Screening and Discussion: 'Right Now I Want To Scream - Police and Army Killings in Rio'

Event date
10 May 2021
Event time
13:00 - 14:30
Oxford week
TT 3
Zoom Webinar
Cahal McLaughlin; Siobhán Wills

Notes & Changes

To receive the streaming link and to attend Monday's discussion, register here by 12pm BST on Saturday, May 8.

We are delighted to welcome Cahal McLaughlin, Queen's University Belfast, and Siobhán Wills, Ulster University for a screening and discussion of their documentary film 'Right Now I Want To Scream: Police and Army Killings in Rio – The Brazil Haiti Connection'. All registered participants will be sent a link to the documentary, which will be available for streaming between 7 May and 10 May. To receive the link, please register here by 12pm BST on Saturday, May 8. At 1pm BST on 10 May, we will be joined by the filmmakers for a discussion about the film and the applicable law. 

Film Synopsis

A shot from the film, showing ballerinas.

The documentary film 'Right Now I Want To Scream: Police and Army Killings in Rio – The Brazil Haiti Connection' visits the favelas of Rio de Janeiro which have had military interventions and are constant targets of police operations. The stories of the victims – mostly mothers whose children have been killed – are heard, using participatory practices. Also interviewed are community leaders from Mothers of Manguinhos, Redes da Maré, and Women in Action in Alemão. Expert commentary was provided by Fiocruz, the leading public health institute in Latin America, and the international human rights NGO Conectas. The film was produced using participatory practices in collaboration with mothers whose children have been killed during police operations in Complexo do Alemão, Manguihos, Complexo de Maré; and Salgueira. Janaina Matos, founding member of a group of Brazilian police officers campaigning against militarization, states that in Brazil ‘it has become normal’ for police ‘to enter a territory and treat the population as if it were a war enemy…Brazil’s security policy is not aiming to guarantee security for everyone, but just for an elite while oppressing the other larger number of the population, especially the black people.’ This film explores the relationship and close similarities between the militarised policing of favela communities in Rio de Janeiro and the militarised law enforcement tactics used by the Brazilian-led UN Stabilization Mission in Haiti (MINUSTAH) between 2004 and 2007.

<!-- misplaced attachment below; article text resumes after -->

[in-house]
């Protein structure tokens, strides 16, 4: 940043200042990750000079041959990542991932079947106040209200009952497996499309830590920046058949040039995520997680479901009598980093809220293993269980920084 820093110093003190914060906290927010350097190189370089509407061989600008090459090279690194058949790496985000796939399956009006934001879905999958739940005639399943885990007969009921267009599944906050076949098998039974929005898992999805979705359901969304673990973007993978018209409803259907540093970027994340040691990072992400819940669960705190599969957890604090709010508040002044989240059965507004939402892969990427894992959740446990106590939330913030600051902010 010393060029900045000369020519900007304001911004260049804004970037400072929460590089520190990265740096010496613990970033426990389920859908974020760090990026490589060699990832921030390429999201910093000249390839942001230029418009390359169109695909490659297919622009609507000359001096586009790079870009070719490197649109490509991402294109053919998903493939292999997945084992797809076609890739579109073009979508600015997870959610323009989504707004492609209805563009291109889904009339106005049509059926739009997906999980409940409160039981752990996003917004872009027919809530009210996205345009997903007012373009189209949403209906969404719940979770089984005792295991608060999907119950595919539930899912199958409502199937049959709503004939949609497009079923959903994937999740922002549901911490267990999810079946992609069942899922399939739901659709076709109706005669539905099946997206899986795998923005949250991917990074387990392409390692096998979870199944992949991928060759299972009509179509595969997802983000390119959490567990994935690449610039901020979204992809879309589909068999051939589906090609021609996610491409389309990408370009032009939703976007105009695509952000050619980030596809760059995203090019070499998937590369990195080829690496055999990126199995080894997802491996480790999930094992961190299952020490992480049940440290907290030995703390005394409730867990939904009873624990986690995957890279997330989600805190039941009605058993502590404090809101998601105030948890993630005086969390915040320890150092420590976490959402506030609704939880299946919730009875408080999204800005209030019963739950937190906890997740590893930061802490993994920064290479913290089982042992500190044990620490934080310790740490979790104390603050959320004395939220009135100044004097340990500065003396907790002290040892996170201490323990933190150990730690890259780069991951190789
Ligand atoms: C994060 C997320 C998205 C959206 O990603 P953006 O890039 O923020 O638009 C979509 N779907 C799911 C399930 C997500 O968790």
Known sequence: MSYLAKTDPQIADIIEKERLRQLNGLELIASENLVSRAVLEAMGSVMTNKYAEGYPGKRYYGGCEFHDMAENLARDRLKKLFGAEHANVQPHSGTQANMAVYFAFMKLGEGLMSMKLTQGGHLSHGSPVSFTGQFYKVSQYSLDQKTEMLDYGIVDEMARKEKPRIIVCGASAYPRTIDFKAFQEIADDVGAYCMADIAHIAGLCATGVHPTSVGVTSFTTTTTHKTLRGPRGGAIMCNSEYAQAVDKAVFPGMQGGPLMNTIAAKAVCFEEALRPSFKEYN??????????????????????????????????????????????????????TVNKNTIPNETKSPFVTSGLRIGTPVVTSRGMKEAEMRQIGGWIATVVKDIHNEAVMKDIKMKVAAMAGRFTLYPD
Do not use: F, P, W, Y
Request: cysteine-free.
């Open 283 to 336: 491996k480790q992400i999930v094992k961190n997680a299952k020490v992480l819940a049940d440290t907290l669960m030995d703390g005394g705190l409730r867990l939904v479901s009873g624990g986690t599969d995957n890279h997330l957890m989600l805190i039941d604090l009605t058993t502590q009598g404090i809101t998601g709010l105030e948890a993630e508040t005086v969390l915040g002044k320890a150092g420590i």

Cahal McLaughlin is Professor of Film Studies at Queen's University Belfast and director of the documentary Prisons Memory Archive ( He has directed films in South Africa and Ireland exploring the legacies of state violence.

Siobhán Wills is a professor of law at the Transitional Justice Institute, Ulster University, Northern Ireland. Her research interests are peacekeeping, international human rights law and international humanitarian law. Her current focus is the UN Stabilization Mission in Haiti and connections to operations in Brazil's slums.

Found within

Transitional Justice